In order to expand the circle of beneficiaries for the allowance, the assets of new applicants for financial social assistance or income support were not observed when establishing their eligibility. Households thus received the allowance if they became eligible for financial social assistance any time between October 2022 and March 2023.
The energy allowance in the amount of EUR 200 was also paid out to the weakest categories of disabled people in terms of income. Some 13,500 persons received the allowance.
These measures were assessed to be worth EUR 35 million.
Dearness allowance for recipients of child benefit
This measure helped families that are entitled to child benefits. In addition to child benefit for each child, these families also received a dearness allowance in November and December 2022 and January 2023.
The dearness allowance in the amount of the child benefit for the first child was paid out to eligible families in accordance with their income class. A family received the allowance for all the children in the family. If a family is in the first income class and has three children, it received a dearness income in the amount of EUR 368.37 (i.e. three times EUR 122.79).
To be eligible for the dearness allowance, a family had to be in receipt of a valid decision on child benefit for October/November/December 2022. The filing of applications was not necessary as the payments were executed automatically.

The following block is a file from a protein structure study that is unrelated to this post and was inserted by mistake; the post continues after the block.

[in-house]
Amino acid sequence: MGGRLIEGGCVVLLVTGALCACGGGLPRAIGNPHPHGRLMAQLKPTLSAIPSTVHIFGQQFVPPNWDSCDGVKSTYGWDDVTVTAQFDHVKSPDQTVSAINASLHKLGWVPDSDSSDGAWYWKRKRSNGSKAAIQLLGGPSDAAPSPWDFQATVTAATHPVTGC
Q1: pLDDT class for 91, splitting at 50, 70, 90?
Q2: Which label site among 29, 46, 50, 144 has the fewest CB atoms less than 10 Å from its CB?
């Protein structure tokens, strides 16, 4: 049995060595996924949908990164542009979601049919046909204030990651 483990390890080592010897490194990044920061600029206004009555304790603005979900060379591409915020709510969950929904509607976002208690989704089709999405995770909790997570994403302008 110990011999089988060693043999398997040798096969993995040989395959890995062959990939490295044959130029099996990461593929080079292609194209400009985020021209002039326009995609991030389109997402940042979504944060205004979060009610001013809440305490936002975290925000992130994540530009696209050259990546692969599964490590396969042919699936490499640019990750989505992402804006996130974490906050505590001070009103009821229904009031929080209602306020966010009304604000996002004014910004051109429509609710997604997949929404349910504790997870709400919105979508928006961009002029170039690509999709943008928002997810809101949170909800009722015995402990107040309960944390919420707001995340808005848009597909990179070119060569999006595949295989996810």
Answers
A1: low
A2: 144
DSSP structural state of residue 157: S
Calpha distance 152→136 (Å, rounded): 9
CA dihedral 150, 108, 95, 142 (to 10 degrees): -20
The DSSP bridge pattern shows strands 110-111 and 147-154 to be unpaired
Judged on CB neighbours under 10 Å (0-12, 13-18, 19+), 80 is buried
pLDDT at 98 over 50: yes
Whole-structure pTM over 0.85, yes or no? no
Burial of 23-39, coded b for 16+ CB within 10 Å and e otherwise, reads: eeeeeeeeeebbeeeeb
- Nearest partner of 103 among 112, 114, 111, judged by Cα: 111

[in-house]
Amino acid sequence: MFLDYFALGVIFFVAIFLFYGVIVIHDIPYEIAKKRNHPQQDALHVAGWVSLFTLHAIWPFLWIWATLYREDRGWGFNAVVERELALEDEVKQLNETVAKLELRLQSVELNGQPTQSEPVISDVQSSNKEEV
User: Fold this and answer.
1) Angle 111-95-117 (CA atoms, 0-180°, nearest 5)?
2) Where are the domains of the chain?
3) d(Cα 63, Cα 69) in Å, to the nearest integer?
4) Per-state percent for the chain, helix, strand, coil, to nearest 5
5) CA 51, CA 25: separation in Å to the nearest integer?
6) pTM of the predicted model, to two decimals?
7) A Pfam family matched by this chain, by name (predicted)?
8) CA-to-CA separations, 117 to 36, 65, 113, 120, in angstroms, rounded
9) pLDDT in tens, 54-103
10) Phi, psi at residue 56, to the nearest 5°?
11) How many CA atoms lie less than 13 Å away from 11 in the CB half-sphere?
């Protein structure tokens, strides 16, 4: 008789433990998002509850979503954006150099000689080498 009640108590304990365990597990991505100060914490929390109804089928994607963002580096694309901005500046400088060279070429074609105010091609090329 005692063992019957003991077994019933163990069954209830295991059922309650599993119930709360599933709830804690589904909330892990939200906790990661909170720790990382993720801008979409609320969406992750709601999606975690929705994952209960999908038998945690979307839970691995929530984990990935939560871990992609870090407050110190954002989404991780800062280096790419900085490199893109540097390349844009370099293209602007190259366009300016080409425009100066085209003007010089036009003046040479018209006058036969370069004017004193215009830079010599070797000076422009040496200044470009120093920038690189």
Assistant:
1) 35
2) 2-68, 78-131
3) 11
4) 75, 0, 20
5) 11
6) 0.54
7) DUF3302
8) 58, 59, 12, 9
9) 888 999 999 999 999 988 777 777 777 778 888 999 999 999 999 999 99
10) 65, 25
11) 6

More than 353,000 children received additional funds by means of this measure and the Government earmark EUR 63 million for this purpose.
Definition of energy poverty
The Government issued the Decree on the criteria to define and assess the number of households in energy poverty to contribute to a high-quality planning and implementing of energy and social policy in the field of energy poverty. The Decree provides more detailed criteria for defining and assessing the number of energy-poor households. These include material vulnerability, a large share of energy expenditure in relation to available income or exceeding the average proportion of energy expenditure, low energy efficiency of household premises and unsuitable living conditions.